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Ballade in G Minor, Op. 23
Scherzo, in B Minor, Op. 20
LISZT spoke of Chopin as ' le musicien Ie plus poete quo jamais '—the most poetic of all musicians. And of none of his music is that quite so true as of the Ballades : in them, most people are agreed, he reached the highest pinnacle of his art. There are four, and the world of music has often bewailed the fact that there are no more.
Schumann records that they were inspired by the poems of Chopin's fellow-countryman, Mickiewicz-Chopin told him so, adding that it would be easy to write words for them. And they are ballads in the narrative sense: each has a story to tell, which the listener may very well imagine for himself.
The first is a sad tale, beginning, after a short introduction, quite simply, though with a deep sense of pathos, rising to a strongly passionate outburst. The second, too, begins with an almost folk-song simplicity, on which a restless mood breaks in; the third, graceful, seductive, has a thought of deep tenderness running through it, and the. fourth, with its wonderful variants of the chief theme, is in a mood of wistfulness and longing.
If ' Scherzo ' had kept its original meaning
' a jest '—then Chopin's had indeed been badly named. Nothinglight-hearted, no real merriment nor fun, has found its way into them, no hopeful thought that it is not shadowed by unhappiness. The first has been described as depicting a bewildered spirit striving in vain to break through its prison-walls of circumstance; the second, richer and more varied in its emotional expression than the others, Schumann thought of as like one of Byron's poems, with-something of Byron's scorn in its make-up. The third, agitated, striving, in the main, has its happier moments, with short passages of broad melody, and the fourth, capricious and wayward, has also a charmingly melodious section.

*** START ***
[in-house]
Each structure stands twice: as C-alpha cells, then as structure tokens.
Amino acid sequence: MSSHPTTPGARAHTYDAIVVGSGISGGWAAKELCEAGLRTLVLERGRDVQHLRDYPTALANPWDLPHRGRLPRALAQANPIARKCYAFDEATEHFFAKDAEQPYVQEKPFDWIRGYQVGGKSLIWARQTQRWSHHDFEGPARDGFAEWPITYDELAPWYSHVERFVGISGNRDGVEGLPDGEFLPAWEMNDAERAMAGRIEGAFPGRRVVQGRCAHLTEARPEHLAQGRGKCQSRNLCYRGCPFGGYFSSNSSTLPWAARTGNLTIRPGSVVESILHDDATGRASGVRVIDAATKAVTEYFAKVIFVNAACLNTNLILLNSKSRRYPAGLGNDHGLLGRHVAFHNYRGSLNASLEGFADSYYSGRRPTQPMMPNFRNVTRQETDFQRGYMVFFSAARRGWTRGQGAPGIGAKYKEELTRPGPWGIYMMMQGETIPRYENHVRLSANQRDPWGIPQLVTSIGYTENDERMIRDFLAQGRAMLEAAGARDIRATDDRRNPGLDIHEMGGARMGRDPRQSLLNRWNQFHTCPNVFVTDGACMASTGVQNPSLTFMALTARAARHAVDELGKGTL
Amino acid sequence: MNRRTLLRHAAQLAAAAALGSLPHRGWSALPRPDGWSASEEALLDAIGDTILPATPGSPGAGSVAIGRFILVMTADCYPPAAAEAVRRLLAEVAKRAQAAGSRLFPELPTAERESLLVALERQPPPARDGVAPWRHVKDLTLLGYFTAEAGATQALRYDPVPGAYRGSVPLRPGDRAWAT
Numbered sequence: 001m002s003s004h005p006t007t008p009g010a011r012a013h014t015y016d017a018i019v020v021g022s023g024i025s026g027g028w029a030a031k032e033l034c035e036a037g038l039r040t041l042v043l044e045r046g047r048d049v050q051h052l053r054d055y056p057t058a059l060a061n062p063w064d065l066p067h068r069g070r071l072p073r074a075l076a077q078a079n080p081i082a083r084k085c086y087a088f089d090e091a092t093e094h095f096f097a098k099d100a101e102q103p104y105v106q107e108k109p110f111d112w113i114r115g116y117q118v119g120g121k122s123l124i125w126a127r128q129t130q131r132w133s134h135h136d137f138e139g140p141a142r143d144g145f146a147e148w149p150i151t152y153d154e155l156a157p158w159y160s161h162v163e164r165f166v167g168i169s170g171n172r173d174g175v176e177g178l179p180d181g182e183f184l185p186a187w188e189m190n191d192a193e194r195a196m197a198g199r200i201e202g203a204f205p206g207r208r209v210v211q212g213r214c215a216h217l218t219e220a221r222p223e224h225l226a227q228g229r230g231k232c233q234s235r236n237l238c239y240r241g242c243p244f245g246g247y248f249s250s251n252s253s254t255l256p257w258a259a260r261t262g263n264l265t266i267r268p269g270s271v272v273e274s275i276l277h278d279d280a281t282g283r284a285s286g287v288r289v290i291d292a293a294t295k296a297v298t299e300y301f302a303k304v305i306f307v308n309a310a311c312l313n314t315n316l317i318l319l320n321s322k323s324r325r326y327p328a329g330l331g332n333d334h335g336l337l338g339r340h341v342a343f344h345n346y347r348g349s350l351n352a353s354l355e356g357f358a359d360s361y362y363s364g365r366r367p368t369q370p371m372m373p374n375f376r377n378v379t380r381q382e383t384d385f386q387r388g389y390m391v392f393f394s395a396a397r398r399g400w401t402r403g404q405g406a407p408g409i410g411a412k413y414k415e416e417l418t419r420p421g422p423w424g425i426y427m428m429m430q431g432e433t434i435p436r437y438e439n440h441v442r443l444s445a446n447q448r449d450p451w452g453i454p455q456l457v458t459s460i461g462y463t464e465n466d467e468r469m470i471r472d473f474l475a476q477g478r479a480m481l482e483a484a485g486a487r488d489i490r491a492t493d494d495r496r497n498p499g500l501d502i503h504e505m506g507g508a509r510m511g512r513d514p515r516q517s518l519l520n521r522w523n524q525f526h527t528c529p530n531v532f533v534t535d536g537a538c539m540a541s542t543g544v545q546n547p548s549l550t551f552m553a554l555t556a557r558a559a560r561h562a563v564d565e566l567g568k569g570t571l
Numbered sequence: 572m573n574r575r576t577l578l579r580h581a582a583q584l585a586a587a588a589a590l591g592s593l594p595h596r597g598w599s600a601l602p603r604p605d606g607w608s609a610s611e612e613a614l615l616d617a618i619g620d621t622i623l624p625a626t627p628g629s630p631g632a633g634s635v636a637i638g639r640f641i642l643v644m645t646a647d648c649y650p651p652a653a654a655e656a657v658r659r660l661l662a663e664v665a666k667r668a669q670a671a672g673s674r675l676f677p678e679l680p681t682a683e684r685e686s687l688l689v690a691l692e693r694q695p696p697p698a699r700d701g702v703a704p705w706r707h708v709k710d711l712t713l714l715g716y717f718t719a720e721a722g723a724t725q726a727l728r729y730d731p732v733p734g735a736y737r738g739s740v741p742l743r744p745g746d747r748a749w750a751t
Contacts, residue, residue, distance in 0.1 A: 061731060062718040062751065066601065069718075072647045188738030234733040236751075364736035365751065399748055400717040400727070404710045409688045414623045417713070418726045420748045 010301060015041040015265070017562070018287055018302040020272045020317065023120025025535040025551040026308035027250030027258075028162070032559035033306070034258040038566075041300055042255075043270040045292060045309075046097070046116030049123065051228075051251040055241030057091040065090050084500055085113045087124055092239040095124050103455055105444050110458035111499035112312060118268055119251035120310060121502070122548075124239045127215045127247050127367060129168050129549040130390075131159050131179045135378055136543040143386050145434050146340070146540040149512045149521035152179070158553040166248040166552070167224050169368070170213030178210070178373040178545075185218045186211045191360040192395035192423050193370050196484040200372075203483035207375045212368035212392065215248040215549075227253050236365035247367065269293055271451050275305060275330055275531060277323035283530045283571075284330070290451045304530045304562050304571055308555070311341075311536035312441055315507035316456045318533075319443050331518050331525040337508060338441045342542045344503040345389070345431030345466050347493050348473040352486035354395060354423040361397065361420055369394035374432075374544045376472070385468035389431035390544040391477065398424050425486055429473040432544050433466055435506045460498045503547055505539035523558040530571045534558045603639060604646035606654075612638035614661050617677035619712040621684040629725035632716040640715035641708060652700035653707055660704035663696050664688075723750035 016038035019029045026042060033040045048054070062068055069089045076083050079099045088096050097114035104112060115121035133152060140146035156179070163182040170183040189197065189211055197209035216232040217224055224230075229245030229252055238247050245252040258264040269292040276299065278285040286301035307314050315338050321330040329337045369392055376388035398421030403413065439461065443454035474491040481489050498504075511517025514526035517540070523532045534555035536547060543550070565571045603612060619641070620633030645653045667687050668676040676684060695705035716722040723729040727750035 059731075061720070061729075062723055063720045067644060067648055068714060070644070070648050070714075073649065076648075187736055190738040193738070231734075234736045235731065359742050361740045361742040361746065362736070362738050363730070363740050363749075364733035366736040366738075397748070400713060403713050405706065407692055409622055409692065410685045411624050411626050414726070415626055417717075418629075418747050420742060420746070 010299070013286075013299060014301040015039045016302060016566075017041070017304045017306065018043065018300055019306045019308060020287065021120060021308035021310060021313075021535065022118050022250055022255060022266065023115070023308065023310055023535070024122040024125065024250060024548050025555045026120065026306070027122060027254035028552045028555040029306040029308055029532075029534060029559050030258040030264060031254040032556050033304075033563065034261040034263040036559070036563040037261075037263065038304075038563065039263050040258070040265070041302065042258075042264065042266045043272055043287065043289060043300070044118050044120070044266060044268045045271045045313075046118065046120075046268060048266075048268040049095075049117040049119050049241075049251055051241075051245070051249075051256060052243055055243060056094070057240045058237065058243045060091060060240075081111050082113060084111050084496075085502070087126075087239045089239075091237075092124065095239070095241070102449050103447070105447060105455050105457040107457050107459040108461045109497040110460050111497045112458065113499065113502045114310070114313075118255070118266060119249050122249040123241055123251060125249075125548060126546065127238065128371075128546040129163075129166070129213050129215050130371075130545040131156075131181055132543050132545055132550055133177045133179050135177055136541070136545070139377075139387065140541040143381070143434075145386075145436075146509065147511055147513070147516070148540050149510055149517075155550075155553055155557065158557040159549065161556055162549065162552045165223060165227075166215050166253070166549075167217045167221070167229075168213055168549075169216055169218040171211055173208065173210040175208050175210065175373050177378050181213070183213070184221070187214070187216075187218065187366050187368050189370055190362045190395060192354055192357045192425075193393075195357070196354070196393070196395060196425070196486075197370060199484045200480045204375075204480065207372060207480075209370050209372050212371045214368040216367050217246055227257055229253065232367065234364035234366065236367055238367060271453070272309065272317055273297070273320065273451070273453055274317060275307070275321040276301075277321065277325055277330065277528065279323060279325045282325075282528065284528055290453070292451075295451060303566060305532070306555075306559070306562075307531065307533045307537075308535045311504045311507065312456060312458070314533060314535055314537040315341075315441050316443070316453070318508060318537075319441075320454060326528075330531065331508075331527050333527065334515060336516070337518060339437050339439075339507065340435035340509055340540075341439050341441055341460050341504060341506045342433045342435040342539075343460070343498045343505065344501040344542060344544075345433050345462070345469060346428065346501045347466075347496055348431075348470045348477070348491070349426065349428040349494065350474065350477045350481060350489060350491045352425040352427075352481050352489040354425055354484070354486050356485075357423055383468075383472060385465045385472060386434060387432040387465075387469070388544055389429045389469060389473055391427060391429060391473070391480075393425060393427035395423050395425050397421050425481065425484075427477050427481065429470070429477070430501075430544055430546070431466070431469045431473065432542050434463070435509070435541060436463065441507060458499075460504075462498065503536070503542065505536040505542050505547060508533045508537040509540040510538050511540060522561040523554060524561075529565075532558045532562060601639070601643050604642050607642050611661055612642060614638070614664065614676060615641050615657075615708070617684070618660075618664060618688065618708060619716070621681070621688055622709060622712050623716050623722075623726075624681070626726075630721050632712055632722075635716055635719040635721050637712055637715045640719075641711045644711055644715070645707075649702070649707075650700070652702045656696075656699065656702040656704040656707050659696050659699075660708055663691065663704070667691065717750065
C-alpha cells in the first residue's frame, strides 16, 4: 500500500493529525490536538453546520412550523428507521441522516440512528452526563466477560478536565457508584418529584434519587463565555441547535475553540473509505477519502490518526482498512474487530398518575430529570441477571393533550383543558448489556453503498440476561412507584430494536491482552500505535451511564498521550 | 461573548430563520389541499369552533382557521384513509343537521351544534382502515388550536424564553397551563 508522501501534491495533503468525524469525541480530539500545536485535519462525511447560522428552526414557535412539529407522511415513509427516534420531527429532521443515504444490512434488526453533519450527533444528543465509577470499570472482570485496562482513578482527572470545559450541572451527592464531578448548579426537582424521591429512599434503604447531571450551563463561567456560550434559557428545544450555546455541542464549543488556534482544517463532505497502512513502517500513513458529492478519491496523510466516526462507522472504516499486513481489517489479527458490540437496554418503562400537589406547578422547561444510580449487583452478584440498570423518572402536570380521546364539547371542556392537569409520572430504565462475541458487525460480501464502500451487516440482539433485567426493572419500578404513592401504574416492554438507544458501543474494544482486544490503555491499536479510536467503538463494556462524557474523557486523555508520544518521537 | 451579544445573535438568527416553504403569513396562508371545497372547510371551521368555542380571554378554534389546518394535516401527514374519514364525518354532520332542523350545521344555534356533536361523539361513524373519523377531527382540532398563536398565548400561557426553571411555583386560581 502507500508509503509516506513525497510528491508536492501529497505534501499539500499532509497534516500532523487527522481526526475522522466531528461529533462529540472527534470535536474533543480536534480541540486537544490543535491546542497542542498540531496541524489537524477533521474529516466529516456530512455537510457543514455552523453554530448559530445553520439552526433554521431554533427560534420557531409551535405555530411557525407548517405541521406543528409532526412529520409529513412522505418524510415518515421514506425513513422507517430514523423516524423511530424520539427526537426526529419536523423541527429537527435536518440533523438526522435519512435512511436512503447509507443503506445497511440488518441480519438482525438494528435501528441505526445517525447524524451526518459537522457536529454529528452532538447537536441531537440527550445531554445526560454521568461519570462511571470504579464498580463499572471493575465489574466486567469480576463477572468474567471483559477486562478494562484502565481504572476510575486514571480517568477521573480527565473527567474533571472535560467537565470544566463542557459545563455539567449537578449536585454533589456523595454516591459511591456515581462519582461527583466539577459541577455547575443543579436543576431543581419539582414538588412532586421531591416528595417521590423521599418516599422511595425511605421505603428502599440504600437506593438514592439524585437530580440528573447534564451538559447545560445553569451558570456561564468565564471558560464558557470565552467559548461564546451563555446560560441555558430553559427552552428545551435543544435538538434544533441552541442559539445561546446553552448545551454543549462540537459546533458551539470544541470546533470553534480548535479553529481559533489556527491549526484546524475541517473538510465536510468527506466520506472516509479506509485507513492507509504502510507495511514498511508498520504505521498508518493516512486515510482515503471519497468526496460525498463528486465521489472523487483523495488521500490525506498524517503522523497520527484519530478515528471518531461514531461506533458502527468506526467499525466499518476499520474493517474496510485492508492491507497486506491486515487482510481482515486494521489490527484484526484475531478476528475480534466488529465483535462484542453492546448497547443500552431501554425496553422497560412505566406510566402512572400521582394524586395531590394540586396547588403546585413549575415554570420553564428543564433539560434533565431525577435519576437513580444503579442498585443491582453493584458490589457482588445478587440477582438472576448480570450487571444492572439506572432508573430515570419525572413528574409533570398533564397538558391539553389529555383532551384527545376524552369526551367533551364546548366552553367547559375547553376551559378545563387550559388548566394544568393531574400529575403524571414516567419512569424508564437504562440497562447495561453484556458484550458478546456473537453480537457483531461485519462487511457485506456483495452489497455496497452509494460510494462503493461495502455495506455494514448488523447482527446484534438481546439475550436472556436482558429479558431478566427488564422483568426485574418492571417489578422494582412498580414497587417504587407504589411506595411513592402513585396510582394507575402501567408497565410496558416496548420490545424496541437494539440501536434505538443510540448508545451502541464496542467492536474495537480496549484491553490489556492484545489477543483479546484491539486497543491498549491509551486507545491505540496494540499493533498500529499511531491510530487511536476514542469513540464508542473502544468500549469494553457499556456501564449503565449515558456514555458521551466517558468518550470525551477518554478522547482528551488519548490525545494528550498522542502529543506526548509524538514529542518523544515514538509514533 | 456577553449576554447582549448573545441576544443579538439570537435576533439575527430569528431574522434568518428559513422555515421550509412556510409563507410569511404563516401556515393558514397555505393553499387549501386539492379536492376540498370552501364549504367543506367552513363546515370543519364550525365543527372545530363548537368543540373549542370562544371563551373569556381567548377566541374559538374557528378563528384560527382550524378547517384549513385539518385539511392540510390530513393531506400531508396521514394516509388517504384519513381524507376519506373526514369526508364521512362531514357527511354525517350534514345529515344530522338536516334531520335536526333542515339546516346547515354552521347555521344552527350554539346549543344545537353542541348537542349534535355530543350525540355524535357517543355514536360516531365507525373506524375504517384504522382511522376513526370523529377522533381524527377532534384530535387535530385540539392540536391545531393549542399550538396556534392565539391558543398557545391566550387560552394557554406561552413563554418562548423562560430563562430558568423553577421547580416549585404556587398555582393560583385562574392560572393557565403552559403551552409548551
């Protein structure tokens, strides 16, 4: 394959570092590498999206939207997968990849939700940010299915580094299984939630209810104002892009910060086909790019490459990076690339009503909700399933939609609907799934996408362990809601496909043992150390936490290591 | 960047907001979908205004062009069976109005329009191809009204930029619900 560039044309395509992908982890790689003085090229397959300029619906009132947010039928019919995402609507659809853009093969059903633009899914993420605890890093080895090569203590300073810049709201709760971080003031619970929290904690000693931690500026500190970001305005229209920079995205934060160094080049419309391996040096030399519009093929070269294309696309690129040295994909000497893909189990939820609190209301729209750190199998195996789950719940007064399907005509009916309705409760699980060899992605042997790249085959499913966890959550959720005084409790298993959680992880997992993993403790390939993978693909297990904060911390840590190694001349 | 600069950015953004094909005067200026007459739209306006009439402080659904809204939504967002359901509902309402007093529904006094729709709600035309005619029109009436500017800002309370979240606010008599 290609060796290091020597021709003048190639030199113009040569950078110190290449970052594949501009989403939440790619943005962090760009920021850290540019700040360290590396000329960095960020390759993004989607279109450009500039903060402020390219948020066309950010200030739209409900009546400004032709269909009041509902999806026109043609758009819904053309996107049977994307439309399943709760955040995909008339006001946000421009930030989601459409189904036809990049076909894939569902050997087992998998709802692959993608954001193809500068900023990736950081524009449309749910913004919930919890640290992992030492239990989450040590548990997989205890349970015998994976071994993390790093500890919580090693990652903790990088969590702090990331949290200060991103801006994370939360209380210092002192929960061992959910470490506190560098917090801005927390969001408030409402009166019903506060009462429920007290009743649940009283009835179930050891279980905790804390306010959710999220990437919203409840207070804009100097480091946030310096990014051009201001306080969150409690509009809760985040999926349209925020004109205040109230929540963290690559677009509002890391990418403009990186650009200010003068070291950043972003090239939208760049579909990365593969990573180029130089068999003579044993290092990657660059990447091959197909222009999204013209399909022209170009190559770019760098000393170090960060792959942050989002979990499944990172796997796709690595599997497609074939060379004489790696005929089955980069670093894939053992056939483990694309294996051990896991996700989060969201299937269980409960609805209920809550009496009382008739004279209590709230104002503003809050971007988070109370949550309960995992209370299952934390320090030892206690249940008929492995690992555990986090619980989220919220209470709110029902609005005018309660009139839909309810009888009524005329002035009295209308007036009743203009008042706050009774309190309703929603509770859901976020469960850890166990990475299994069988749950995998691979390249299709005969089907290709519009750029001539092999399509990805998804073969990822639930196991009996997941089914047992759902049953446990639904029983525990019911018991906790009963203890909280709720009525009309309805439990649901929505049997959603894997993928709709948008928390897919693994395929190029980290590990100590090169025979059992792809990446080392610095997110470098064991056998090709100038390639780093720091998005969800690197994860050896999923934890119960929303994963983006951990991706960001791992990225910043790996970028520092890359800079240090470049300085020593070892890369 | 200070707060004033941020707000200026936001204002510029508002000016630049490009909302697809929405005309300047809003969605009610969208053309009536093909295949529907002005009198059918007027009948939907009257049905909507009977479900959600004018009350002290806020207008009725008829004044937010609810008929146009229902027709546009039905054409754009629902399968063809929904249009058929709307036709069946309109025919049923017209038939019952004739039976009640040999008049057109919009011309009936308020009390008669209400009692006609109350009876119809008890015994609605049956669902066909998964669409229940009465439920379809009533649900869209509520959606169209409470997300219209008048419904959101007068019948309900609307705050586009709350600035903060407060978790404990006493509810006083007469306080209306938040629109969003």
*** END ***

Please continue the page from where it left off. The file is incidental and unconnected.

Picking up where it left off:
IRENE DE WOLODIMEROFF (Soprano)
THE KUTCHER STRING QUARTET:
SAMUEL KUTCHER (Violin); PIERRE TAS (Violin); RAYMOND JEREMY (Viola); DOUGLAS
CAMERON (Violoncello)
THE string quartets of Haydn are almost all full of bright spirits, and even of mirth. The one to be played in this programme begins with a more serious strain than some, but very soon ' Papa' as the whole world of music affectionately calls Haydn, breaks off into something very like chuckles.
The slow second movement, very short, has a hint of wistfulness in its tune, but it, too, is interrupted by merry little runs in the first violin part.
The two tunes in the third Movement—the Minuet which begins and ends it, as well as the one in the middle section called the ' Trio '—are both full of the most charming grace, and tho last Movement, energetic and vigorous, makes a good deal of use of the device of syncopation which runs riot in modern dance music.

5XX Daventry

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This data is drawn from the Radio Times magazine between 1923 and 2009. It shows what was scheduled to be broadcast, meaning it was subject to change and may not be accurate. More